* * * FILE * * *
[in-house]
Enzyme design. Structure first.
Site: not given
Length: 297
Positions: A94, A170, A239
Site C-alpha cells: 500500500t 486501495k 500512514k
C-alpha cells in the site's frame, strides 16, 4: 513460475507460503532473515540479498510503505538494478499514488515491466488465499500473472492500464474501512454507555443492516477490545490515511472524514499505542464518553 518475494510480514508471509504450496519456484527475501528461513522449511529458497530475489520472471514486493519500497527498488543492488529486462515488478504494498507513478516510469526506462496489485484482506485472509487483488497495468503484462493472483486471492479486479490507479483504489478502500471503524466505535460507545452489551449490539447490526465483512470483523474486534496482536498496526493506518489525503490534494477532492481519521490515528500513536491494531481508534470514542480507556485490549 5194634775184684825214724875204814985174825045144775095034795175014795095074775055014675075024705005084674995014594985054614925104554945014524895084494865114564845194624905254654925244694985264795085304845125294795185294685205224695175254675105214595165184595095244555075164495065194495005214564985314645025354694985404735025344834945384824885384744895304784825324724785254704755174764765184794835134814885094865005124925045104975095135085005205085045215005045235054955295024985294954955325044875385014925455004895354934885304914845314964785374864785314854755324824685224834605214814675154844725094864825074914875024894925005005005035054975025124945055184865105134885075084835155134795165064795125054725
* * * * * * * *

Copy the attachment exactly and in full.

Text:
[in-house]
Enzyme design. Structure first.
Site: not given
Length: 297
Positions: A94, A170, A239
Site C-alpha cells: 500500500t 486501495k 500512514k
C-alpha cells in the site's frame, strides 16, 4: 513460475507460503532473515540479498510503505538494478499514488515491466488465499500473472492500464474501512454507555443492516477490545490515511472524514499505542464518553 518475494510480514508471509504450496519456484527475501528461513522449511529458497530475489520472471514486493519500497527498488543492488529486462515488478504494498507513478516510469526506462496489485484482506485472509487483488497495468503484462493472483486471492479486479490507479483504489478502500471503524466505535460507545452489551449490539447490526465483512470483523474486534496482536498496526493506518489525503490534494477532492481519521490515528500513536491494531481508534470514542480507556485490549 5194634775184684825214724875204814985174825045144775095034795175014795095074775055014675075024705005084674995014594985054614925104554945014524895084494865114564845194624905254654925244694985264795085304845125294795185294685205224695175254675105214595165184595095244555075164495065194495005214564985314645025354694985404735025344834945384824885384744895304784825324724785254704755174764765184794835134814885094865005124925045104975095135085005205085045215005045235054955295024985294954955325044875385014925455004895354934885304914845314964785374864785314854755324824685224834605214814675154844725094864825074914875024894925005005005035054975025124945055184865105134885075084835155134795165064795125054725